How Green is My EV?
Posted on 9 March 2017 by David Kirtley
One of the largest sources of CO2 pollution from the average American consumer is the family car. The EPA states that 26% of greenhouse gas (GHG) emissions come from all forms of transportation (2014 figures). The largest source of GHG emissions, at 30%, is the electric power sector. However, just recently the Energy Information Administration (EIA) announced that transportation emissions have now surpassed those from electric power generation. Whatever the exact numbers, it's clear that if we want to reduce our GHG emissions we need to work to reduce them from these two sectors.
As individuals we can make choices which help decrease our electricity usage: LEDs over incandescent light bulbs, smart thermostats, etc. If we can afford it, and if we have the right house orientation, we can take an even bigger bite out of our CO2 emissions by installing solar PV panels to produce some or all of our electricity. But to get the biggest bang for our buck, perhaps the single best thing we can do to decrease our emissions is to switch from a normal car (internal combustion engine, or ICE, vehicle) to an all-electric vehicle (EV).
About two years ago my wife and I needed a second car and we decided to buy a 2013 Nissan Leaf. But because we live in Missouri, where most of the electric power is generated by coal, I was concerned that I would just be switching from ICE CO2 emissions to coal-electric emissions. Would we really be making any difference?
To answer that question (and others about how to compare MPG, fuel costs, etc. between a typical ICE and an EV) I kept track of data and made some calculations over a year-long period from September 2015 until August 2016. We bought the Leaf in June 2015 but it took me a few months to come up with a system and get a handle on what information I needed and where to find it.
Gasoline vs. Kilowatt-hours
We have a good grasp of what a gallon of gas means in terms of how much it costs and probably how many miles it will take us in our ICE cars. The "fuel" for an EV is kilowatt-hours (kWh) of electricity. Comprehending something as amorphous as a kWh stored in my Leaf's battery took a bit of a mental leap for me. The Leaf has a gauge on the instrument panel which displays the battery's amount of charge in 2 kWh increments, which isn't a very fine gauge. But the Leaf also records and uploads information on every trip made: kWh consumed, miles driven, etc. I can access this finer-detailed information from a Nissan website (figure 1). Now that I knew how many miles and how many kWh I used each month, I could look at my monthly electricity bills to see how much the EV "fuel" cost.
I also kept track of the average gasoline prices during each month and compared those to the electricity costs. Then I asked how would the Leaf compare to an ICE car traveling the same monthly miles. I used my ICE car, a 2009 Ford Escape Hybrid, to make this comparison. The average fuel-economy for the Escape over the year was 30 MPG (range of 28-32 MPG). Table 1 and Figure 2 shows this comparison. For fuel, the cost savings of the Leaf over an ICE vehicle averaged 53%, with a range of 43% to 57% throughout the year. The cumulative savings for the whole year was $287.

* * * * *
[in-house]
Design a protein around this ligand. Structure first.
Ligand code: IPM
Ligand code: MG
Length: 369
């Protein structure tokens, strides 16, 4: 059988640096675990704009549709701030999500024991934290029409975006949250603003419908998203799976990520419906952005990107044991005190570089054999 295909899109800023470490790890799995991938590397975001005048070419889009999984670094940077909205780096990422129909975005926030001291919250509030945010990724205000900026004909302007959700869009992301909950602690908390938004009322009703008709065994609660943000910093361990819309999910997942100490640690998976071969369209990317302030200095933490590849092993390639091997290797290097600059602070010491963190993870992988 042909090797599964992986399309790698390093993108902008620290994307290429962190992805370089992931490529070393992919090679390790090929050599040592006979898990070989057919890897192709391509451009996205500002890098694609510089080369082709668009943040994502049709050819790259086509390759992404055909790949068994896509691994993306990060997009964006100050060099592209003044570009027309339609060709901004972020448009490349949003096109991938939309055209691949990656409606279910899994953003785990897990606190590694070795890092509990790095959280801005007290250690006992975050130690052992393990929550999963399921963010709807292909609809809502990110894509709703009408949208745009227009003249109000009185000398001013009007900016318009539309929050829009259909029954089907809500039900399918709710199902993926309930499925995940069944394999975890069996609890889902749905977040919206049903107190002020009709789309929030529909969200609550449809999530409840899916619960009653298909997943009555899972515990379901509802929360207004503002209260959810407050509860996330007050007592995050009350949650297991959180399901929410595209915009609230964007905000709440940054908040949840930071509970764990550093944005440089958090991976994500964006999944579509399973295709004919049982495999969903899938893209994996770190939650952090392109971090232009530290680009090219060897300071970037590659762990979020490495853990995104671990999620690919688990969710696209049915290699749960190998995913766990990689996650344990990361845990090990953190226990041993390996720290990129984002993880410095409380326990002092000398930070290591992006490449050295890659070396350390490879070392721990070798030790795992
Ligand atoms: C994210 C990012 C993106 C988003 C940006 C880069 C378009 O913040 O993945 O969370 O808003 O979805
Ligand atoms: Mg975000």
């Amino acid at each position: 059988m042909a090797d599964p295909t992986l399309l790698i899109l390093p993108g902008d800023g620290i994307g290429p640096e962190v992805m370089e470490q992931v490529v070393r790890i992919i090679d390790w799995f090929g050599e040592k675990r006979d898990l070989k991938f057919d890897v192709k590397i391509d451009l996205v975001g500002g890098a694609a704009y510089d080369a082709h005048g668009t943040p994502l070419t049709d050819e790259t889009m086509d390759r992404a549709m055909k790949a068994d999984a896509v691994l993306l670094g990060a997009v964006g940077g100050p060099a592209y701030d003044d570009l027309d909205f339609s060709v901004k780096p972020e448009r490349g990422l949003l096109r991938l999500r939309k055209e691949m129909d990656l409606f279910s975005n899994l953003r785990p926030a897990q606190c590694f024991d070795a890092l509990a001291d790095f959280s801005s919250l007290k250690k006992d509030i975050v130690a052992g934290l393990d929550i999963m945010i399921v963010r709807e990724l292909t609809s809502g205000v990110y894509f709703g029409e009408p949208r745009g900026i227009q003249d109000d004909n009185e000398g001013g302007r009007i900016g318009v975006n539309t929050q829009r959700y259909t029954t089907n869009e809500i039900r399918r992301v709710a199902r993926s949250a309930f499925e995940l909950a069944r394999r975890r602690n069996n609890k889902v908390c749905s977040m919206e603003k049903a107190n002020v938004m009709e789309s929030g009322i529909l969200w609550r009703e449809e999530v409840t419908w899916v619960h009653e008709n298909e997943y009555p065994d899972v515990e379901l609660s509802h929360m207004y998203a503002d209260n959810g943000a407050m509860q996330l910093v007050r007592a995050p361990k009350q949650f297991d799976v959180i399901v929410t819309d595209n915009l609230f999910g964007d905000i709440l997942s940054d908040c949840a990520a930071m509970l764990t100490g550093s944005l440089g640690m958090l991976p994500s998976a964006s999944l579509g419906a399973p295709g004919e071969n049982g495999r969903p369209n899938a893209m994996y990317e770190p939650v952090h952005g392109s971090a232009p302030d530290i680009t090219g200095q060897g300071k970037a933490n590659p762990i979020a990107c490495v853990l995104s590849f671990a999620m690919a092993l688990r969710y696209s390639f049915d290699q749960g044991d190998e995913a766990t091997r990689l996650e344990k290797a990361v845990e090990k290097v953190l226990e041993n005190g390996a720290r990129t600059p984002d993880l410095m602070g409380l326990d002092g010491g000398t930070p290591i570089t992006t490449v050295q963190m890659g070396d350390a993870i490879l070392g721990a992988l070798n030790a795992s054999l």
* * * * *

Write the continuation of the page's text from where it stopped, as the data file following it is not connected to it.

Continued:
In terms of fuel costs, another question was, what MPG would an ICE car need to have to "break-even" with the EV? I calculated this for each month and came up with a range of 52 to 75 MPG, and an average of 62. The only ICE cars on the market which come close to such good gas mileage are hybrid vehicles.
Avoiding CO2 Emissions
Now I needed to find out the amount of CO2 emissions from each fuel source: gasoline and kWh. Blueskymodel.org gives estimates for emissions from various fuel types (see Table 2). I also needed to find out the fuel mix used in Missouri for electric power generation, which I found in monthly reports from the EIA. Figure 3 below shows the fuel mix used by the larger electric utilities in Missouri throughout the year. Clearly, coal is still king in Missouri, followed by nuclear. However, there are some smaller utilities in Missouri which are beginning to introduce solar and wind to the mix.
Putting this info together I was able to calculate how many pounds of CO2 my EV was responsible for, and how that would compare to my ICE car. On average, by driving the Leaf, I was able to avoid emitting 137 pounds of CO2 each month, for an average improvement over my ICE car of 32%. For the whole year my avoided CO2 was 1644 pounds, or about ¾ of a metric ton of CO2. See Table 3 and figure 4 for more information.
Similar to the fuel cost break-even MPG, I also calculated an emissions break-even MPG for each month, in other words, what MPG would an ICE car need to have to break-even with the EV in terms of CO2 emissions. This worked out to a range of 39 to 51 MPG, and an average of 45 MPG. Not as good as the cost comparison but the EV still "emits" less CO2 than most cars on the road.
One Less Ton
Missouri has a long way to go to clean-up its electric power generation. But even in such a coal-dependent state, driving an electric car is still "better for the planet" than driving the normal gas car. By shifting to my Leaf I was able to avoid emitting ¾ of a ton of CO2 and I saved $287 on my fuel bill for one year. The extra money is nice, but I'm more concerned about drawing down CO2 emissions. To do that our societies need to switch how we generate power from fossil fuels to renewables. As individuals we can help make that switch by moving from ICE vehicles to EVs. Eventually the electric grid will catch up to us.